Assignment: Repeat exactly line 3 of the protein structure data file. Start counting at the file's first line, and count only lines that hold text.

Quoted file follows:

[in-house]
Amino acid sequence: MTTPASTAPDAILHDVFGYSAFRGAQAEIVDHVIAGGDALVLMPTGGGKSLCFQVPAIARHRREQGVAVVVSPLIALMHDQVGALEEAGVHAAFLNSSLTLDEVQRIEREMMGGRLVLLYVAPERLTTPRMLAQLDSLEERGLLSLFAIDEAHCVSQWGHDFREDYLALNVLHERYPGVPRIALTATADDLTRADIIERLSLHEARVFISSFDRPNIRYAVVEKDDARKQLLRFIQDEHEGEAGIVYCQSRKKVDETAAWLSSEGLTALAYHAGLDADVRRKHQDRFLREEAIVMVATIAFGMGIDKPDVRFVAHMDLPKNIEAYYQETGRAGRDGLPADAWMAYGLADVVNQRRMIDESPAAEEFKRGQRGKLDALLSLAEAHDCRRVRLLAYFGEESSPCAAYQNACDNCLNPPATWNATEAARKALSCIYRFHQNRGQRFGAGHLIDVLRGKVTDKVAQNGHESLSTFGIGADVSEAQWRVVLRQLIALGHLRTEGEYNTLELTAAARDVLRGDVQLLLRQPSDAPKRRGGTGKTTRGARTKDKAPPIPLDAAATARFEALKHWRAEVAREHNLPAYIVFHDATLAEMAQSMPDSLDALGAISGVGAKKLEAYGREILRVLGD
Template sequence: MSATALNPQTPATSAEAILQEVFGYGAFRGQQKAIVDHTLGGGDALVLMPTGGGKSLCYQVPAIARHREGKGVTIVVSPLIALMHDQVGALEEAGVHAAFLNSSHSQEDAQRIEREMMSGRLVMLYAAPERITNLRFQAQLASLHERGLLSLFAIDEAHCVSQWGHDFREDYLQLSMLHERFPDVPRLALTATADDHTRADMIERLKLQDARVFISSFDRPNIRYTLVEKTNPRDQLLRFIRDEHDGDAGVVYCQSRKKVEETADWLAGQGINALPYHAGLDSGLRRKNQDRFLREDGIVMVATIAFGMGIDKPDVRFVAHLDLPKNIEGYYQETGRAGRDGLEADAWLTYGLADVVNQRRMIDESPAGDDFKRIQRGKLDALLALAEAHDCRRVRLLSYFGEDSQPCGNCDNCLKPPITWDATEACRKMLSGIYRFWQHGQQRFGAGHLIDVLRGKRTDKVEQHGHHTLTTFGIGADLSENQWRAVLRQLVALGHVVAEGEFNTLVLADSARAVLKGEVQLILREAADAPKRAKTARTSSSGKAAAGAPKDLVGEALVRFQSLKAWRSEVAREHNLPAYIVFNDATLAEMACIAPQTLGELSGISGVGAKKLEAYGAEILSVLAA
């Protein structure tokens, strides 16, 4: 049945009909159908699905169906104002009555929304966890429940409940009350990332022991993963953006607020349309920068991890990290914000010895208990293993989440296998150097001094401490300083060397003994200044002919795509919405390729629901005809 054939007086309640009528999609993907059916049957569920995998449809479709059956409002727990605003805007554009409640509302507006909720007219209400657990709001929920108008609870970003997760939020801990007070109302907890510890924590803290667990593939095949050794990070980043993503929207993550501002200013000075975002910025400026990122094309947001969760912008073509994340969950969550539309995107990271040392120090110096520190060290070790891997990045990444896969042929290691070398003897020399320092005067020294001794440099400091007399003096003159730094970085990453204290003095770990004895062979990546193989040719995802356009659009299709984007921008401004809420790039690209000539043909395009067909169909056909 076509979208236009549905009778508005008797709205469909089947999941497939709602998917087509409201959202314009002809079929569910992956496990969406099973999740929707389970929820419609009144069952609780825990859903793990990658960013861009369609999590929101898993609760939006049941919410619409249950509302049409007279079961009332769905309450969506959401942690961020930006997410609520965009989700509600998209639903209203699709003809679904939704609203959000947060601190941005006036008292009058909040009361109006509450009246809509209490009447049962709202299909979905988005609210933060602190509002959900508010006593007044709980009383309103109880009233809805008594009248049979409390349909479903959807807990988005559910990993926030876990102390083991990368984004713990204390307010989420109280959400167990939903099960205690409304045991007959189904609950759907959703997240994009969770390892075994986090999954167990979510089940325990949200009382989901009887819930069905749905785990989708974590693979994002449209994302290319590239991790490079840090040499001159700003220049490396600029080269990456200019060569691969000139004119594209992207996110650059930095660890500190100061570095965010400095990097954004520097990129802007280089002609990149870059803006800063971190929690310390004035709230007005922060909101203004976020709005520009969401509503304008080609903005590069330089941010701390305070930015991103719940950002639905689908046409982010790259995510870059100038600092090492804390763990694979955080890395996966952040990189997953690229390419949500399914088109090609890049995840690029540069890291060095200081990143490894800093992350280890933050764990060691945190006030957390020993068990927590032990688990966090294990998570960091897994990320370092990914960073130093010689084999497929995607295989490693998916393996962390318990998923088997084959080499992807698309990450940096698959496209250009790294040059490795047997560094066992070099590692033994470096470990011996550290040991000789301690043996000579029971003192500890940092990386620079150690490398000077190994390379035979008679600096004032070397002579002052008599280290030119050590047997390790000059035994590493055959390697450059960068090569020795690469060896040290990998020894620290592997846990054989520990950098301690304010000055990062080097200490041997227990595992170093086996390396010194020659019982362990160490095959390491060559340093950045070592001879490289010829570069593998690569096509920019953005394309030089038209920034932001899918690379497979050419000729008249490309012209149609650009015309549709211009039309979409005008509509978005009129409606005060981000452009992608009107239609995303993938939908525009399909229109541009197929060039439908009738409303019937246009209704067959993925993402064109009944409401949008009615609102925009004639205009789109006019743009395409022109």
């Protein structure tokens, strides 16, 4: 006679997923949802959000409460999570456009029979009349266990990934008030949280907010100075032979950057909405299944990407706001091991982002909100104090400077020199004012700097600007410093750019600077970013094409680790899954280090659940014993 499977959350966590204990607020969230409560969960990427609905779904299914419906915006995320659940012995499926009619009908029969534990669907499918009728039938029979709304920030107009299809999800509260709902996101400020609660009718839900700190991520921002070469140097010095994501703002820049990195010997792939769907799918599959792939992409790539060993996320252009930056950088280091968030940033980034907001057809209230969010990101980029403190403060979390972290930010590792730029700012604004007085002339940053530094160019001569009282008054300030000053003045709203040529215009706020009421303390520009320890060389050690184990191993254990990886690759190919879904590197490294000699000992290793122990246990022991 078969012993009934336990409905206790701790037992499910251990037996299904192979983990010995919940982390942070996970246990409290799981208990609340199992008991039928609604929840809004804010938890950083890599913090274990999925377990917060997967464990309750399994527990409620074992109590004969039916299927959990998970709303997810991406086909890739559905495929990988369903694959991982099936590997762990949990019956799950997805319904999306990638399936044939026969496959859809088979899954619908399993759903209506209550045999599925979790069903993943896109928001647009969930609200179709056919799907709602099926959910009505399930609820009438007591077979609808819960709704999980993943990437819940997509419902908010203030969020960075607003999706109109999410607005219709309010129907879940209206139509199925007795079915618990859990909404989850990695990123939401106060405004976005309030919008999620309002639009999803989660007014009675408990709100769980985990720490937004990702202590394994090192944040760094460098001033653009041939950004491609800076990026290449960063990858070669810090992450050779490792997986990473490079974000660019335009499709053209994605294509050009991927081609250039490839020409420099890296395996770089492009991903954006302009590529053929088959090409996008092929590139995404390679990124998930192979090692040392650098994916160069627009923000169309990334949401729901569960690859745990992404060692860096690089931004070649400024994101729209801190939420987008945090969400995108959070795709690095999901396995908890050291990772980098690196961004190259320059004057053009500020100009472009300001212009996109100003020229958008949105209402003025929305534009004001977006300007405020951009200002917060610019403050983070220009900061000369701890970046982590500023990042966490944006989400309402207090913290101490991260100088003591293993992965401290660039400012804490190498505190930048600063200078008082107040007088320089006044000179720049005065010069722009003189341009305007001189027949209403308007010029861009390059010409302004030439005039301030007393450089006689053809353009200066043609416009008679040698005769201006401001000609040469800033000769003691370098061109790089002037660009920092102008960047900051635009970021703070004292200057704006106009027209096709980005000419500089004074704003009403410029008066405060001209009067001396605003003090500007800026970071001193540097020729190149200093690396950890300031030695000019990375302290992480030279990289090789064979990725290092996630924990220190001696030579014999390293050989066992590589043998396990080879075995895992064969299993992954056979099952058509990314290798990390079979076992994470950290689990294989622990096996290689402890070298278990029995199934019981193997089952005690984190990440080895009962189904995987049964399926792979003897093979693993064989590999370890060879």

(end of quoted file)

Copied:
Template sequence: MSATALNPQTPATSAEAILQEVFGYGAFRGQQKAIVDHTLGGGDALVLMPTGGGKSLCYQVPAIARHREGKGVTIVVSPLIALMHDQVGALEEAGVHAAFLNSSHSQEDAQRIEREMMSGRLVMLYAAPERITNLRFQAQLASLHERGLLSLFAIDEAHCVSQWGHDFREDYLQLSMLHERFPDVPRLALTATADDHTRADMIERLKLQDARVFISSFDRPNIRYTLVEKTNPRDQLLRFIRDEHDGDAGVVYCQSRKKVEETADWLAGQGINALPYHAGLDSGLRRKNQDRFLREDGIVMVATIAFGMGIDKPDVRFVAHLDLPKNIEGYYQETGRAGRDGLEADAWLTYGLADVVNQRRMIDESPAGDDFKRIQRGKLDALLALAEAHDCRRVRLLSYFGEDSQPCGNCDNCLKPPITWDATEACRKMLSGIYRFWQHGQQRFGAGHLIDVLRGKRTDKVEQHGHHTLTTFGIGADLSENQWRAVLRQLVALGHVVAEGEFNTLVLADSARAVLKGEVQLILREAADAPKRAKTARTSSSGKAAAGAPKDLVGEALVRFQSLKAWRSEVAREHNLPAYIVFNDATLAEMACIAPQTLGELSGISGVGAKKLEAYGAEILSVLAA